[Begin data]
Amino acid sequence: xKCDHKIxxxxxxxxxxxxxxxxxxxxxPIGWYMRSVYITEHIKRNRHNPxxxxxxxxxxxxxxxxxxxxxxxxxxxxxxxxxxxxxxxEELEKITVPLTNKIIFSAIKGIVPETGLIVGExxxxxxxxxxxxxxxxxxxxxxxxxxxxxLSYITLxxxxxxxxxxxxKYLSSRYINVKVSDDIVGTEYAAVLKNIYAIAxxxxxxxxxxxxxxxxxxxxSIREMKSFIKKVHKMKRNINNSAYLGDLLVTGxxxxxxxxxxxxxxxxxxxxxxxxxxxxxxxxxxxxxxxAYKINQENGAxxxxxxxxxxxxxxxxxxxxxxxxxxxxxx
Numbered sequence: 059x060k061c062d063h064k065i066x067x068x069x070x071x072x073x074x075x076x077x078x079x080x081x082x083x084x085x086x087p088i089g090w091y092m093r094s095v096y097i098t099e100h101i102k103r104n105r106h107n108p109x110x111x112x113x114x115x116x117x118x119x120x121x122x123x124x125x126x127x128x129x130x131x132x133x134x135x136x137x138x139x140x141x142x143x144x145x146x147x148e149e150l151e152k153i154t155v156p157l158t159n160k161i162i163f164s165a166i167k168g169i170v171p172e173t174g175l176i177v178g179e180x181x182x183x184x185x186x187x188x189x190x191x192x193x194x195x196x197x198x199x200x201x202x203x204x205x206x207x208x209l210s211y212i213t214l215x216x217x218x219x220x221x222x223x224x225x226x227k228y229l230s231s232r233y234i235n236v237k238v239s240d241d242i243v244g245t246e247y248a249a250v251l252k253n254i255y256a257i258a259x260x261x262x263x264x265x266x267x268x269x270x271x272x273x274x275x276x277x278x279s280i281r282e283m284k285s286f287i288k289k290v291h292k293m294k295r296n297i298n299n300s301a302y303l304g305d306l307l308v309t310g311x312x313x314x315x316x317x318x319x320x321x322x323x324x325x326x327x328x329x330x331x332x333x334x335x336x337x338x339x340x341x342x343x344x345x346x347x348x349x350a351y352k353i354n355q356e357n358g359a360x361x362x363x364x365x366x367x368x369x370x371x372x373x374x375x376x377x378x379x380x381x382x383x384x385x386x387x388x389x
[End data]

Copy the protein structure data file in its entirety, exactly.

Amino acid sequence: xKCDHKIxxxxxxxxxxxxxxxxxxxxxPIGWYMRSVYITEHIKRNRHNPxxxxxxxxxxxxxxxxxxxxxxxxxxxxxxxxxxxxxxxEELEKITVPLTNKIIFSAIKGIVPETGLIVGExxxxxxxxxxxxxxxxxxxxxxxxxxxxxLSYITLxxxxxxxxxxxxKYLSSRYINVKVSDDIVGTEYAAVLKNIYAIAxxxxxxxxxxxxxxxxxxxxSIREMKSFIKKVHKMKRNINNSAYLGDLLVTGxxxxxxxxxxxxxxxxxxxxxxxxxxxxxxxxxxxxxxxAYKINQENGAxxxxxxxxxxxxxxxxxxxxxxxxxxxxxx
Numbered sequence: 059x060k061c062d063h064k065i066x067x068x069x070x071x072x073x074x075x076x077x078x079x080x081x082x083x084x085x086x087p088i089g090w091y092m093r094s095v096y097i098t099e100h101i102k103r104n105r106h107n108p109x110x111x112x113x114x115x116x117x118x119x120x121x122x123x124x125x126x127x128x129x130x131x132x133x134x135x136x137x138x139x140x141x142x143x144x145x146x147x148e149e150l151e152k153i154t155v156p157l158t159n160k161i162i163f164s165a166i167k168g169i170v171p172e173t174g175l176i177v178g179e180x181x182x183x184x185x186x187x188x189x190x191x192x193x194x195x196x197x198x199x200x201x202x203x204x205x206x207x208x209l210s211y212i213t214l215x216x217x218x219x220x221x222x223x224x225x226x227k228y229l230s231s232r233y234i235n236v237k238v239s240d241d242i243v244g245t246e247y248a249a250v251l252k253n254i255y256a257i258a259x260x261x262x263x264x265x266x267x268x269x270x271x272x273x274x275x276x277x278x279s280i281r282e283m284k285s286f287i288k289k290v291h292k293m294k295r296n297i298n299n300s301a302y303l304g305d306l307l308v309t310g311x312x313x314x315x316x317x318x319x320x321x322x323x324x325x326x327x328x329x330x331x332x333x334x335x336x337x338x339x340x341x342x343x344x345x346x347x348x349x350a351y352k353i354n355q356e357n358g359a360x361x362x363x364x365x366x367x368x369x370x371x372x373x374x375x376x377x378x379x380x381x382x383x384x385x386x387x388x389x